Danish: Der faae vi Barn-Jesus i Tale

Bonjules

Senior Member
German
Hola,

I'm reading the extraordinary tale ( by H.C. Andersen) 'The Snow Queen' - in French - but the line quoted doesn't seem satisfactory in translation. The complete quote from a Psalm which recurs throughout the story is:
Roserne voxe I Dale
Der faae....

The various translations seem to want to capture the rhyme, with different results.
Could someone help with a literal one?
I don't know any Danish.
Thanks
 
Last edited:
  • jette(DK)

    Senior Member
    Danish
    You seem to cover a lot of languages, but I suppose that you would prefer an answer in English?

    I just checked my H.C. Andersen, printet in 1930, an heirloom from my grandmother. It says:

    Roserne voxe i Dale,
    Der faae vi Barn Jesus i Tale.

    In modern spelling that would be:
    Roserne vokser i dale,
    der får vi barn Jesus i tale.

    That would translate something like this in English:
    The roses grow in the valleys,
    that is where we may speak to infant Jesus.

    The lines are a paraphase of a very beautiful Danish Christmas hymn, Den yndigste rose er funden ("The most beautilful rose has been found", H.A. Brorson, 1732). The verse reads:
    Ak, søger de ydmyge steder,
    i støvet for Frelseren græder,
    så får I vor Jesus i tale,
    thi roserne vokser i dale.

    That is - approximately:
    Alas, look in the most humble places
    in the dust, because our Saviour is crying
    then you will be able to speak to our Jesus
    as the roses grow in valleys

    ... which is perhaps not crystal clear to me either ...

    I hope this was helpful.
     

    Bonjules

    Senior Member
    German
    Thank you so much for the detailed response jette, that was great.
    I didn't know there were significant changes in Danish spelling in the last 80 years!

    At first I thought the Hymn might be the same as the also very beautiful German
    Christmas song "Es ist ein Ros entsprungen" ( a rose has 'sprung up') by Praetorius ( Apparently not, but you can find that one also on Youtube, If you do, try a version with one of the big choirs).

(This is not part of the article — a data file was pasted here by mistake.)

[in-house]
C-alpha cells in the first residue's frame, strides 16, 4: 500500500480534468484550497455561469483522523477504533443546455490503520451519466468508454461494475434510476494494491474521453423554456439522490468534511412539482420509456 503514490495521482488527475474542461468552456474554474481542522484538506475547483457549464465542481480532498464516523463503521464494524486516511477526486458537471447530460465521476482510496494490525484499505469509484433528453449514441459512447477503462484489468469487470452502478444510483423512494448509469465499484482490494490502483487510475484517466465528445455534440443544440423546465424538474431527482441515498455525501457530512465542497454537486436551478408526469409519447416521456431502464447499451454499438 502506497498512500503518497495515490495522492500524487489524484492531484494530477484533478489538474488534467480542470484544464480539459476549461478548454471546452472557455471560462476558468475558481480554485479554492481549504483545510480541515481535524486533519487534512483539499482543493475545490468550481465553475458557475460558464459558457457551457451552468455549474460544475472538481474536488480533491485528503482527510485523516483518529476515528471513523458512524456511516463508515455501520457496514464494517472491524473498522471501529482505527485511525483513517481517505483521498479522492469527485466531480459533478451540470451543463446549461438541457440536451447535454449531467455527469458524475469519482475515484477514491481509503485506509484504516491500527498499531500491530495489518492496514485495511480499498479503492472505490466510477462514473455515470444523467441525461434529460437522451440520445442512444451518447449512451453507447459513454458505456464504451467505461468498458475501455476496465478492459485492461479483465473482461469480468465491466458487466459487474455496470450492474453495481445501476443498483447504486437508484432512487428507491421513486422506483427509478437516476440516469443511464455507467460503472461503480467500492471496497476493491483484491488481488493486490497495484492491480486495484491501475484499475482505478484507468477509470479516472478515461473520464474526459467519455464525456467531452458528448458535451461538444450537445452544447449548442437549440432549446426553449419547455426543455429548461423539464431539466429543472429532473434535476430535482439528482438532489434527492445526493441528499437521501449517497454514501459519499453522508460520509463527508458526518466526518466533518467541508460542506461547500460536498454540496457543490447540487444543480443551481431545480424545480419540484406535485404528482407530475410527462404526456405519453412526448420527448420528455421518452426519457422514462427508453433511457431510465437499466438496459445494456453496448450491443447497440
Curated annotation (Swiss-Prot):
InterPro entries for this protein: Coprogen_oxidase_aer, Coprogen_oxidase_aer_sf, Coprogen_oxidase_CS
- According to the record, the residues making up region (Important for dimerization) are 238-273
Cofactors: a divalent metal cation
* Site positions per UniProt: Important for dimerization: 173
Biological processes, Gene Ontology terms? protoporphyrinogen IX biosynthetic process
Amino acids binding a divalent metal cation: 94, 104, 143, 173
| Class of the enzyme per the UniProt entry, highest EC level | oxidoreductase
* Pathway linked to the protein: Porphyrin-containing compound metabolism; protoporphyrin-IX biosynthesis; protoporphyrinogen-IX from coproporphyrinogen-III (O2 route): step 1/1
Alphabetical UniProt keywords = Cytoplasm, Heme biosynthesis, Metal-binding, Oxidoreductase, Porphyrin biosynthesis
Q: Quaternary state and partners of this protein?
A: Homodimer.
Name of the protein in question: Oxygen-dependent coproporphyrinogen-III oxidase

The rose seems a frequent image for Christ or his birth, in illustrations the rose often has snow on it, making it more dramatic.

    In any event, thanks again for all the work and have a wonderful Christmas season,
    bj
     
    The spelling hasn't changed significantly over the last 80 years, but over the last 200 years - since the birth of H.C. Andersen - it has.

    The reprints that has followed are 1:1 copies of the original, including the language and spelling. In 1930 this was probably the only version of his tales you could get while today many alternate versions with a more updated language exists - much like the bible.
     

    jette(DK)

    Senior Member
    Danish
    Billebob is of course right that the spelling of your (and mine) version reflects the spelling at the time when the story was written (1844).

    A significant spelling reform of the Danish language was implemented in 1948:
    1. Nouns should no longer be capitalized (Roserne/roserne).
    2. Past tense forms for skulle (skulde), kunne (kunde) og ville (vilde) should from then on be spelled with ll/nn and no longer with d.
    3. The letter å should replace the writing aa of the same vovel. (faa/få)

    "Es ist ein Ros entsprungen" (yes, beautiful, too!) also exists in Danish ("En rose så jeg skyde", nr. 117 in the Danish Hymn Book (http://www.dendanskesalmebogonline.dk/salme/117)

    You will find "Den yndigste rose er funden" her: http://www.dendanskesalmebogonline.dk/salme/122
    I'm sure this one is originally German, too!

    And I agree that the rose is a symbol of (the birth of) Jesus. In Danish and probably German Christmas hymns the contract of the beautiful rose of summer and the frost and snow of the midwinter season is often used to create a dramatic contrast!
     

    Bonjules

    Senior Member
    German
    Yet it might all be by chance/confusion/creative deception!